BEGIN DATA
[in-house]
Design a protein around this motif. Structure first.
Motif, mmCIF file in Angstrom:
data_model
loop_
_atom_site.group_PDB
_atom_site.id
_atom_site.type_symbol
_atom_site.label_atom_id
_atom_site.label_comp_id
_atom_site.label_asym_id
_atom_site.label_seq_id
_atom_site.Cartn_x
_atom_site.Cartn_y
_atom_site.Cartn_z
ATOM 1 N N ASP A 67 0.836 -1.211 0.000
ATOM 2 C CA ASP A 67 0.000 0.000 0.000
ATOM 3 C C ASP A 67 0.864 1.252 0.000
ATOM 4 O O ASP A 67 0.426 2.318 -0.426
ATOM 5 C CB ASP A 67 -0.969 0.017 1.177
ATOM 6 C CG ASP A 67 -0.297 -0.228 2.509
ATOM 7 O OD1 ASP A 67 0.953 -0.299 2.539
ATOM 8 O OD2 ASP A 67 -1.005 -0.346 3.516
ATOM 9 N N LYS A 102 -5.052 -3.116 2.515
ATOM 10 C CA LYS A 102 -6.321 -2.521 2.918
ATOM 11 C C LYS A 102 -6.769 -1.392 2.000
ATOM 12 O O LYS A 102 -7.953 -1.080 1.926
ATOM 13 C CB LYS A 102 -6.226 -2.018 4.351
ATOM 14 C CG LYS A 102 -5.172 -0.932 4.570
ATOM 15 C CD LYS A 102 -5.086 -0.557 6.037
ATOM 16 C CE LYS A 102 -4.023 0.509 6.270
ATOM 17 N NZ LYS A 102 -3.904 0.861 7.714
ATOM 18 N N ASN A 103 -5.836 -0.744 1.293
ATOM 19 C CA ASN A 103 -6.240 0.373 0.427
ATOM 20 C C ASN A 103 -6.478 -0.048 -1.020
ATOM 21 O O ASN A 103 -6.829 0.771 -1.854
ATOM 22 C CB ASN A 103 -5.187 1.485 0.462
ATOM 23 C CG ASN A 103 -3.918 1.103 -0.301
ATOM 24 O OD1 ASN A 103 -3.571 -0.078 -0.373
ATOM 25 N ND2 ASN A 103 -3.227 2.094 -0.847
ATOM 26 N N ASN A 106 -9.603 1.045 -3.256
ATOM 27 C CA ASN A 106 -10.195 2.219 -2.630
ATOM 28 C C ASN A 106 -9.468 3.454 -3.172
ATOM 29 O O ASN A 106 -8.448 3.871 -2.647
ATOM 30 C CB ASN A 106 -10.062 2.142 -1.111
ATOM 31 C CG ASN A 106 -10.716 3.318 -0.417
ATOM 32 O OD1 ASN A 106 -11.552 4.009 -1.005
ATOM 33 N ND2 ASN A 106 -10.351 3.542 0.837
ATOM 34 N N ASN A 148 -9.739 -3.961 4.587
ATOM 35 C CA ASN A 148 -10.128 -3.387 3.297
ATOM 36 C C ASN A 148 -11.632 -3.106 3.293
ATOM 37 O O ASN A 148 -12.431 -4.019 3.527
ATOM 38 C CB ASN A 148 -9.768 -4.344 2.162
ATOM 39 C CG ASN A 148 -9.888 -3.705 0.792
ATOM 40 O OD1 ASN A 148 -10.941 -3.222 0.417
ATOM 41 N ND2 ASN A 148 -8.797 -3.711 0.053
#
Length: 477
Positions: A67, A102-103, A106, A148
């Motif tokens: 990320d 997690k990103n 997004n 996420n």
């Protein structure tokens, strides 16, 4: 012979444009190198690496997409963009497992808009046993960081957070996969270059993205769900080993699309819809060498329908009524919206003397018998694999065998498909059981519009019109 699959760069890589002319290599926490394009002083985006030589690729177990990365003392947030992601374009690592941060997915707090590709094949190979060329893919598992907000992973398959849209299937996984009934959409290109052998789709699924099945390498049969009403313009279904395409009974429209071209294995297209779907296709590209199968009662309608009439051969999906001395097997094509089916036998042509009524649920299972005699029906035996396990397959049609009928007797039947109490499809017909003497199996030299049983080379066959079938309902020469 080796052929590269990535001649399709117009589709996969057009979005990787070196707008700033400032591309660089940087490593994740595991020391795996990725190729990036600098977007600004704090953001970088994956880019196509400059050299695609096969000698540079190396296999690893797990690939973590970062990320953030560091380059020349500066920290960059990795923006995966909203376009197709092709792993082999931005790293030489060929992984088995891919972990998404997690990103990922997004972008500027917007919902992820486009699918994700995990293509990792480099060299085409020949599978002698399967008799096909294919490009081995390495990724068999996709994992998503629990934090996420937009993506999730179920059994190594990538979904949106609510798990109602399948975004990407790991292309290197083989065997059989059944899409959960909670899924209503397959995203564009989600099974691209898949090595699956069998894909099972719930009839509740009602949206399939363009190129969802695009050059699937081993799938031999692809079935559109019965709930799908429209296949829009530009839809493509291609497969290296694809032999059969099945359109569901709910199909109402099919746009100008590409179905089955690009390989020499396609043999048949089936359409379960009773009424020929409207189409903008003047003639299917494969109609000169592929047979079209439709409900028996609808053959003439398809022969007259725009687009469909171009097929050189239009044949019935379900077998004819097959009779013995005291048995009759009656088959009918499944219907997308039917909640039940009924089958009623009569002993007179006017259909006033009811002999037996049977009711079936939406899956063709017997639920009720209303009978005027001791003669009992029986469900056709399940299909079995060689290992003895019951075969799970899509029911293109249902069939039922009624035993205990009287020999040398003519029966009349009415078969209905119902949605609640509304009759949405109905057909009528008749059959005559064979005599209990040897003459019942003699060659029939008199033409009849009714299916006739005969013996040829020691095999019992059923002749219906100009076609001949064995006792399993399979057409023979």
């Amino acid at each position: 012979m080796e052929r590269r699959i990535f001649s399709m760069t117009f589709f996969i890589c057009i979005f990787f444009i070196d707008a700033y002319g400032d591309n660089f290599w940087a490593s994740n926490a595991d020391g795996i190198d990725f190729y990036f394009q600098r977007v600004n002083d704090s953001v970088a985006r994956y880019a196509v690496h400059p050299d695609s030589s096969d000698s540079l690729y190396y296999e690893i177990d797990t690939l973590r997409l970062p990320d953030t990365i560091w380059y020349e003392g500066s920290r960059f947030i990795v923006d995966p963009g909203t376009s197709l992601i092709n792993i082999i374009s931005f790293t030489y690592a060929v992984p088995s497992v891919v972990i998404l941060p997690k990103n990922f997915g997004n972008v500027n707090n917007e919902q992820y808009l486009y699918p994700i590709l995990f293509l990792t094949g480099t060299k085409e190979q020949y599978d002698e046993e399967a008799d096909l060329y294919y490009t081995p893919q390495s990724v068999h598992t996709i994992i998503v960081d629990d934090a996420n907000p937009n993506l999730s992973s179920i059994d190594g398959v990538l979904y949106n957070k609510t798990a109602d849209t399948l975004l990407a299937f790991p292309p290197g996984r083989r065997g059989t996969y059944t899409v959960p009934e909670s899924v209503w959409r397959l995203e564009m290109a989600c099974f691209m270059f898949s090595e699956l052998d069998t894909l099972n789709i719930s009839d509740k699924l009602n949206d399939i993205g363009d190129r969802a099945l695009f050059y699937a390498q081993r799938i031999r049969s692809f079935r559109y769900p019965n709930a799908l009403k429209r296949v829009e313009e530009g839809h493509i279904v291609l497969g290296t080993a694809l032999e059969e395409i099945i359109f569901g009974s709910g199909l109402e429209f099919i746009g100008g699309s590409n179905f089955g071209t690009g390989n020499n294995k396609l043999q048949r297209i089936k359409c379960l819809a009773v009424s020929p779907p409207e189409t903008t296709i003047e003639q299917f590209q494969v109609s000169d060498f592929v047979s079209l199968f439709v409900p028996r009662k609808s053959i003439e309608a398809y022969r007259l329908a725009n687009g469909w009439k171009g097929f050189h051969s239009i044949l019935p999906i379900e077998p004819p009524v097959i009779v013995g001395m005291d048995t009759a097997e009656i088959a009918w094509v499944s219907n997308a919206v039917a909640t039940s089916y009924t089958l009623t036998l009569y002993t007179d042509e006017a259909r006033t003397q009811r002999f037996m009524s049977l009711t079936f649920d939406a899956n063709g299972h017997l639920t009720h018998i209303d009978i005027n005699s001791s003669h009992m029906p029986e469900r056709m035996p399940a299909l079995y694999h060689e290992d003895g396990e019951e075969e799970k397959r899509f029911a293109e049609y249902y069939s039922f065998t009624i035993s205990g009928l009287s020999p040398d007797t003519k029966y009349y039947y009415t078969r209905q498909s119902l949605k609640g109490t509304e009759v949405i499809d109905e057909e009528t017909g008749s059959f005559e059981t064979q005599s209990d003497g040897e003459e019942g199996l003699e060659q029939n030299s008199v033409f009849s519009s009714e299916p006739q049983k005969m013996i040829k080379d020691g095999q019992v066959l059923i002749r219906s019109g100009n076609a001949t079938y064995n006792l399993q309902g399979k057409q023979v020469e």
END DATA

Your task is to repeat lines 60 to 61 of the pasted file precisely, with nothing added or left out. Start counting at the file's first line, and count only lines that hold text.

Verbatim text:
């Motif tokens: 990320d 997690k990103n 997004n 996420n």
């Protein structure tokens, strides 16, 4: 012979444009190198690496997409963009497992808009046993960081957070996969270059993205769900080993699309819809060498329908009524919206003397018998694999065998498909059981519009019109 699959760069890589002319290599926490394009002083985006030589690729177990990365003392947030992601374009690592941060997915707090590709094949190979060329893919598992907000992973398959849209299937996984009934959409290109052998789709699924099945390498049969009403313009279904395409009974429209071209294995297209779907296709590209199968009662309608009439051969999906001395097997094509089916036998042509009524649920299972005699029906035996396990397959049609009928007797039947109490499809017909003497199996030299049983080379066959079938309902020469 080796052929590269990535001649399709117009589709996969057009979005990787070196707008700033400032591309660089940087490593994740595991020391795996990725190729990036600098977007600004704090953001970088994956880019196509400059050299695609096969000698540079190396296999690893797990690939973590970062990320953030560091380059020349500066920290960059990795923006995966909203376009197709092709792993082999931005790293030489060929992984088995891919972990998404997690990103990922997004972008500027917007919902992820486009699918994700995990293509990792480099060299085409020949599978002698399967008799096909294919490009081995390495990724068999996709994992998503629990934090996420937009993506999730179920059994190594990538979904949106609510798990109602399948975004990407790991292309290197083989065997059989059944899409959960909670899924209503397959995203564009989600099974691209898949090595699956069998894909099972719930009839509740009602949206399939363009190129969802695009050059699937081993799938031999692809079935559109019965709930799908429209296949829009530009839809493509291609497969290296694809032999059969099945359109569901709910199909109402099919746009100008590409179905089955690009390989020499396609043999048949089936359409379960009773009424020929409207189409903008003047003639299917494969109609000169592929047979079209439709409900028996609808053959003439398809022969007259725009687009469909171009097929050189239009044949019935379900077998004819097959009779013995005291048995009759009656088959009918499944219907997308039917909640039940009924089958009623009569002993007179006017259909006033009811002999037996049977009711079936939406899956063709017997639920009720209303009978005027001791003669009992029986469900056709399940299909079995060689290992003895019951075969799970899509029911293109249902069939039922009624035993205990009287020999040398003519029966009349009415078969209905119902949605609640509304009759949405109905057909009528008749059959005559064979005599209990040897003459019942003699060659029939008199033409009849009714299916006739005969013996040829020691095999019992059923002749219906100009076609001949064995006792399993399979057409023979």